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Ephemeral Sand Castles & Lasting Team Spirit Among Transient Teachers
By Jennifer Legra 28-Mar-17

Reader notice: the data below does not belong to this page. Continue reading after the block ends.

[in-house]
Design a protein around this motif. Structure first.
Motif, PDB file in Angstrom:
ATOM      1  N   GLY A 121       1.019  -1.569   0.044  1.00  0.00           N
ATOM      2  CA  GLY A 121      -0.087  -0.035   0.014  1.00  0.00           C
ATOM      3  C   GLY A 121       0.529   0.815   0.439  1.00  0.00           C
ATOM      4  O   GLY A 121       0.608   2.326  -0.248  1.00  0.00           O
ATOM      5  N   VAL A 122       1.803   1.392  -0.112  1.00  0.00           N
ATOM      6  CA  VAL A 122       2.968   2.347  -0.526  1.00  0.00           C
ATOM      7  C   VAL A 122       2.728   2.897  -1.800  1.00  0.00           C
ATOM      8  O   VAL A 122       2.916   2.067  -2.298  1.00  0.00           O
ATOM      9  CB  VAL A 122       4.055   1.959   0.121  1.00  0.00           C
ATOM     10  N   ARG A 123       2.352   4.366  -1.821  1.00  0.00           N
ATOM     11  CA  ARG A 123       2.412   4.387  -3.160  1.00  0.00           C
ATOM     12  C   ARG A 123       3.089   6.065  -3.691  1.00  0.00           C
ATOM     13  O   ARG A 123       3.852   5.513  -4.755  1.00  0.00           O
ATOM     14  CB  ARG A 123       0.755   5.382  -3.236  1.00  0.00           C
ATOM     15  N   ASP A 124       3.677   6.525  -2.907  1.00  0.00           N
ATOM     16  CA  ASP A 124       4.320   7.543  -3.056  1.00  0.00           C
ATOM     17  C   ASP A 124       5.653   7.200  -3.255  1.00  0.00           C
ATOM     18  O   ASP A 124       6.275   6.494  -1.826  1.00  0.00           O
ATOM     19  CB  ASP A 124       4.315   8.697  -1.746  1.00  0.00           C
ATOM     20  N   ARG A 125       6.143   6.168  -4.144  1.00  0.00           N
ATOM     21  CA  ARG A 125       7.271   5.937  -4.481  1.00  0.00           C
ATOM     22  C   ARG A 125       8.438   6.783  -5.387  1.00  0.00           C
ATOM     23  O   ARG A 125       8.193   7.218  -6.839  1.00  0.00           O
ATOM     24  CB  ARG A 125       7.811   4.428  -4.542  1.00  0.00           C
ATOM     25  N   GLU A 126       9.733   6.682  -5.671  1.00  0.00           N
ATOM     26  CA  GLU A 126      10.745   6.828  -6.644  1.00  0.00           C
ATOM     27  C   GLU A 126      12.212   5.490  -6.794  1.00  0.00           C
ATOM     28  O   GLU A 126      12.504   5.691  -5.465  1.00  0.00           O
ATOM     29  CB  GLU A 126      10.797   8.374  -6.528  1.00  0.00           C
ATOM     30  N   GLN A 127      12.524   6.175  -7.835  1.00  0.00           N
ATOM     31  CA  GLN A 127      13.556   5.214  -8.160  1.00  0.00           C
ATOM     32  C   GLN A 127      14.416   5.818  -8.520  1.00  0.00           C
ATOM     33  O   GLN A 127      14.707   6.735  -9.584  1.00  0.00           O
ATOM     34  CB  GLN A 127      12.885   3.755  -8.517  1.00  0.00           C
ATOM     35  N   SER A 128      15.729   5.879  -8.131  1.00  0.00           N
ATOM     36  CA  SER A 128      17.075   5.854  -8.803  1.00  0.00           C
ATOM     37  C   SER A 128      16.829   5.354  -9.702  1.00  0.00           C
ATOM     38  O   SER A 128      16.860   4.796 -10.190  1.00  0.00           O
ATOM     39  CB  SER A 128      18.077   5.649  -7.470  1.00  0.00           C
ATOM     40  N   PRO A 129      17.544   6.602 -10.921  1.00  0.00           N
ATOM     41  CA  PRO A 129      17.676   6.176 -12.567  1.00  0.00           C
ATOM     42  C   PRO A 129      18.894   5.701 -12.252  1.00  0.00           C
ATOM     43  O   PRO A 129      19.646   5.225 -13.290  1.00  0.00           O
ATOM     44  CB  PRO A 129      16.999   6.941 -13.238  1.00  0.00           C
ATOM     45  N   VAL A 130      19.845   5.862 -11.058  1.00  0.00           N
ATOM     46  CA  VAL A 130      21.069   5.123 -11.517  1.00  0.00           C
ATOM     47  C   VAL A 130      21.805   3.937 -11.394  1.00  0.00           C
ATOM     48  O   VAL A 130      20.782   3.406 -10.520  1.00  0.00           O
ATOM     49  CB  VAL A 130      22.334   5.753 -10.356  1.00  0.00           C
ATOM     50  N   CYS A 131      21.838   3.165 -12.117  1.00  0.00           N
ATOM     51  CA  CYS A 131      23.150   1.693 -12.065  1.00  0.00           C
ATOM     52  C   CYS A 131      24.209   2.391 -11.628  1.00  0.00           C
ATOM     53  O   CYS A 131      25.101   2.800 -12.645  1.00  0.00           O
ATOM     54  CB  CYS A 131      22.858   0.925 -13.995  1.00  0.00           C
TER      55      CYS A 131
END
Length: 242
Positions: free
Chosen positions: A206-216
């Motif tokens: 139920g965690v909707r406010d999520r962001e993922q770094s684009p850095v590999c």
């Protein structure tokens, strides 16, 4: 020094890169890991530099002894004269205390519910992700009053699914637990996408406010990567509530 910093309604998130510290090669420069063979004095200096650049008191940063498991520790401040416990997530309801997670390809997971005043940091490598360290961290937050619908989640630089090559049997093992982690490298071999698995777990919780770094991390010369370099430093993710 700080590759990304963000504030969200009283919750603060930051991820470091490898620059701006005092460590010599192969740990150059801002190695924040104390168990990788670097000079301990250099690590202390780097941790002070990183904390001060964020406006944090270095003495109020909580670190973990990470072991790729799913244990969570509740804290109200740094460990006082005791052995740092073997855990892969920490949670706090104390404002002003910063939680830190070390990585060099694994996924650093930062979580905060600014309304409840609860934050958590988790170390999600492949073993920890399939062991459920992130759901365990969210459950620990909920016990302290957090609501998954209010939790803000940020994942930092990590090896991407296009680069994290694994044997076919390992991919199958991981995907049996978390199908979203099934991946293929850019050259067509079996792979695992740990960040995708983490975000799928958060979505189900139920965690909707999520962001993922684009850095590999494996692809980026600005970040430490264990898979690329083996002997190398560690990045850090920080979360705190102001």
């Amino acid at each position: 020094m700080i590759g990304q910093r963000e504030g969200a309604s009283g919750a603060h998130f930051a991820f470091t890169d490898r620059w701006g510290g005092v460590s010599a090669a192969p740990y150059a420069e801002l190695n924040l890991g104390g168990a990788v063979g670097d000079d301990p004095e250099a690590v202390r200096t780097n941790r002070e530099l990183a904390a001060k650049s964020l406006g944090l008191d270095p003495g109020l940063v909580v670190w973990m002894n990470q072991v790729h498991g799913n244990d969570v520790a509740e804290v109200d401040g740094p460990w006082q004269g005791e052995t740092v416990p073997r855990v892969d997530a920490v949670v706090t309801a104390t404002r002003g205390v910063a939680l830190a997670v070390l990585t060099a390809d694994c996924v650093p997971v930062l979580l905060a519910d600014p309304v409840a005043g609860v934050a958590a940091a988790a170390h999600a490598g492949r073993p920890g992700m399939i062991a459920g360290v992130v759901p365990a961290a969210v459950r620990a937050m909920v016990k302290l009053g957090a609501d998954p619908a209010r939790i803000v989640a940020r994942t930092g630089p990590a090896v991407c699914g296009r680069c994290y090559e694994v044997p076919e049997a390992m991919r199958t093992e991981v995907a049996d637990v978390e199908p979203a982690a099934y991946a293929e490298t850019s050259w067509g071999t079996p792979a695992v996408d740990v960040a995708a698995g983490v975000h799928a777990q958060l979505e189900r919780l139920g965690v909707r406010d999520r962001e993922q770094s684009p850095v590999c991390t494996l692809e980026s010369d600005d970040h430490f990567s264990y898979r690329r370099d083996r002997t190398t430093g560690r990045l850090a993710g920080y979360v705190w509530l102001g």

On the shores of Cabarete, Dominican Republic over Thanksgiving weekend, at least 50 adults gather in team colors. In the distance, I can see a gang walking down the beach with blue shirts, ready to rumble. The green team is waiting for only two more people to reach the quota. They impatiently count and recount their members, knowing the first group to assemble all its players will win a punctuality point. Teachers through and through! The yellow team, wasting no time, has started on its sand castle, and even when it begins to rain, no one from yellow runs for cover. If you didn’t know better, you’d look for a hidden camera. No way are grown adults doing this, right? But as the Olympic games begin, any passerby can see: this is no joke. We are a beach full of teachers working in teams to win bragging rights, to claim victory at Thanksgiving Olympics. When my husband Mike and I launched Thanksgiving Beach Olympics for our community at Carol Morgan School (CMS) four years ago, we had high hopes. It wasn’t the first “Olympics” we had planned, but it would definitely be the biggest, leading more than 50 teachers through eight events. From previous experience, we knew this sort of event could be amazing, a silly way to spend the day with friends. But what came of it was bigger than anyone expected. Team building, camaraderie, lasting memories—Thanksgiving Olympics has given us more than a few hearty laughs; it has woven a common thread among us, binding us as a community and as a family. The biggest benefit of our Olympics is unity. Since teams are formed at random (names drawn from a hat), the odds of ending up on the team of someone you don’t know are high. Teachers from different school levels that might not normally spend time together end up side-by-side, cheering on fellow teammates. As word of our beloved Olympics spread, people outside our community became interested. Guests visiting CMS teachers for the weekend expressed interest in joining a team. This year, teachers from another school in Santo Domingo participated. We’ve had school parents come to Cabarete to join in the fun. For kids who for years have watched the Olympics from the sidelines, it is a silly honor to participate. It’s all about the events In the Balloon Toss, two teachers from different schools who had never met partnered up and finished as one of the last three pairs. In Name That Tune, the Blue Team pulled out a win thanks to their teenage teammate. On the Red Team, CMS teachers cheered on visitors of teachers from another school in the Relay Race. What started out as a good time on the beach has now become a community and team-building activity of epic proportions. Some of the games are recycled from year to year while new ones are introduced. Games are chosen thoughtfully, to give everyone a chance to showcase their strengths and be involved. Tug of War is about physical strength and endurance, but Name That Tune demonstrates musical knowledge. Bucket Brigade highlights speed and skillfulness while Towel Shot Put and Human Cornhole are about precision and working with a partner. The Sand Castle Building Contest gets the whole team working together and allows smaller kids to be involved and feel helpful. Building something that lasts Having just wrapped up our 4th Annual Thanksgiving Olympics (and sadly, our last, as Mike and I are leaving CMS), we see the impact that Thanksgiving Olympics has had on our community. It is an event that veteran teachers of our school look forward to, one we talk about to excite new hires every year, and one that teachers having moved on from here remember fondly. It is part of the fabric of our life as international teachers at Carol Morgan School. It has been our pleasure to head the “Olympic Committee” and to not only build an environment of play and team building among adults but also participate in an event that we will always remember, and which will come with us no matter where we travel next. firstname.lastname@example.org
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